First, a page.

• Claims history - Every time you file a claim, or someone files a claim against you, you will likely see an increase in your premium. It can be significant, and usually kicks in shortly after the claim is made. Too many claims, and you may end up losing your insurance.

 

A long list of bad news, right? But there is good news!

There are ways to qualify for auto insurance discounts:

  • Anti-theft devices
  • e-Pay
  • Good driver discounts
  • Good student discounts
  • Green vehicles
  • Low mileage
  • Loyalty
  • Military
  • Multi-vehicle discounts

 

Insurance is an important cost when owning a car and is required in all states but New Hampshire and Virginia (and usually there as well if you're getting an auto loan). Be prepared and include this cost in your budget. And remember, insurance is a function that relies on risk ratings. The higher risk the data indicates, the higher the rate you'll get charged on your insurance premium. If you're really intrigued by all this statistical risk rating, you might be interested in this article from Finances Online, specific to insurance statistics.

 

What's GAP Insurance anyway?

Did your dealer or your lender try to sell you GAP insurance? It can sound like a complex thing and maybe even a “scam.” But it's not. It's definitely NOT like those salespeople who try to sell you an extended warranty on ink cartridges at the local office supply store, or that person at the box store telling you they have to offer extended warranty on your electric toothbrush, but you don't really need to buy it. GAP is something very different and a huge help for the right loans. That's the key, knowing when it's right for you. While it’s not technically a cost you’ll add to your budget (since it gets rolled into your auto loan) it still raises your auto loan payment slightly and it can save you a lot of trouble and expense if something happens.

MIT FCU offers GAP insurance which is no doubt less expensive than the same coverage offered at the dealer, so check with your lender first. Very likely, they're offering you the best deal.

That being said, make sure GAP coverage is the right thing for you. GapInsuranceQuotes.org offers a few simple questions to assist you in making that decision.

  • Will you be financing a new car for more than 60 months?
  • Is your down payment smaller than 20%?
  • Are you offering a trade-in that is worth less than you owe?
  • Do you usually put a lot of mileage on your new financed/leased car?

If you answered "yes" to any of the above questions, you're at an increased risk of losing money if your car is totaled or stolen.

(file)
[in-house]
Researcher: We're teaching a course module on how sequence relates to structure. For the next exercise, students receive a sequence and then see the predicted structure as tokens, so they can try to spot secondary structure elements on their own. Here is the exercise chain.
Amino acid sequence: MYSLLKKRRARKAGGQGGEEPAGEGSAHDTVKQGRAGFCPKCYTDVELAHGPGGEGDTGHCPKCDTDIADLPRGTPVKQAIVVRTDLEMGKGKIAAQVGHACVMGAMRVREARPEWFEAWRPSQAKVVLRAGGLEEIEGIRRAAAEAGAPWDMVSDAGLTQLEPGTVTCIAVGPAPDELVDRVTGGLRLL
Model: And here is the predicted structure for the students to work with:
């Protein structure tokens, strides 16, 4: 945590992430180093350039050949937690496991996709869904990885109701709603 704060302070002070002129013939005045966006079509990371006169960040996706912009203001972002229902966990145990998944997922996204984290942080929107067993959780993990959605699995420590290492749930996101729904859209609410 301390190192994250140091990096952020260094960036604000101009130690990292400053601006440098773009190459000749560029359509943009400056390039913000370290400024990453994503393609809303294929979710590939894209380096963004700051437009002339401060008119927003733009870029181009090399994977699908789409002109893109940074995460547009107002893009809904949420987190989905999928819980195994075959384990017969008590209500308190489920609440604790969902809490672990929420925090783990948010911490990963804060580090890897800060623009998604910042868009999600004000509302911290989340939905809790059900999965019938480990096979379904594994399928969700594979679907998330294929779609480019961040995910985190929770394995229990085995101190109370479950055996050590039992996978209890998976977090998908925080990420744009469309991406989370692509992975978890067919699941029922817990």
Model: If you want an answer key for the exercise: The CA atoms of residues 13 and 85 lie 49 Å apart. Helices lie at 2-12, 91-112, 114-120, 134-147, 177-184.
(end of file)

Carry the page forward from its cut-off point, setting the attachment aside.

Why? Because the value of your car drops as soon as you drive it off the lot (or accept delivery via one of the online car dealers). It also drops faster if you put excess mileage on it or take longer than 60 months to pay your loan off. You end up paying very little towards principal (the loan amount) in the first few years, and the loan goes "upside down" quickly in that timeframe, meaning you owe more than it's worth. Rate Genius offers a good explanation of how simple interest, and the interest in auto loans work.

The good news? These are the types of car purchases and the related loans GAP coverage was made for. They can protect you from having to pay on a loan when you, through no fault of your own, suddenly don't have the car and the insurance money isn't enough to pay off that loan. Guaranteed Asset Protection (GAP) coverage is exactly what it says. It protects your asset's value (your car, truck, or other vehicle) if that value has declined, and due to an accident, theft, or vandalism, the value assigned at the time of that event isn't sufficient to cover the loan balance you're carrying. Don't think it won't happen. I know someone who wrapped her new car around a tree on the drive home from the dealership on a snowy day! And she HAD purchased GAP, so it wasn't such a bad day (and no one was injured). Her car had already depreciated because she'd borrowed more than the purchase price to pay off the remaining balance on her trade-in. The value of the totaled car (because it literally started depreciating when she drove it off the lot) was less than her total loan balance, because she hadn't even made her first payment yet. But GAP stepped in to pay the difference, plus she got a bit of money to put towards her next car. She was thrilled.

Lesson? Better to be prepared, and purchase GAP coverage if it makes sense for your situation. And reminder, you can roll the cost of GAP into your auto loan, so you won’t need to keep it in your budget, but it can keep your budget from going off track if something happens. Forgot to purchase GAP when you got that new car? Contact your lender. This is an expense you may be able to purchase even after you've closed on your loan and driven that  new car home.

Car Insurance can be complicated.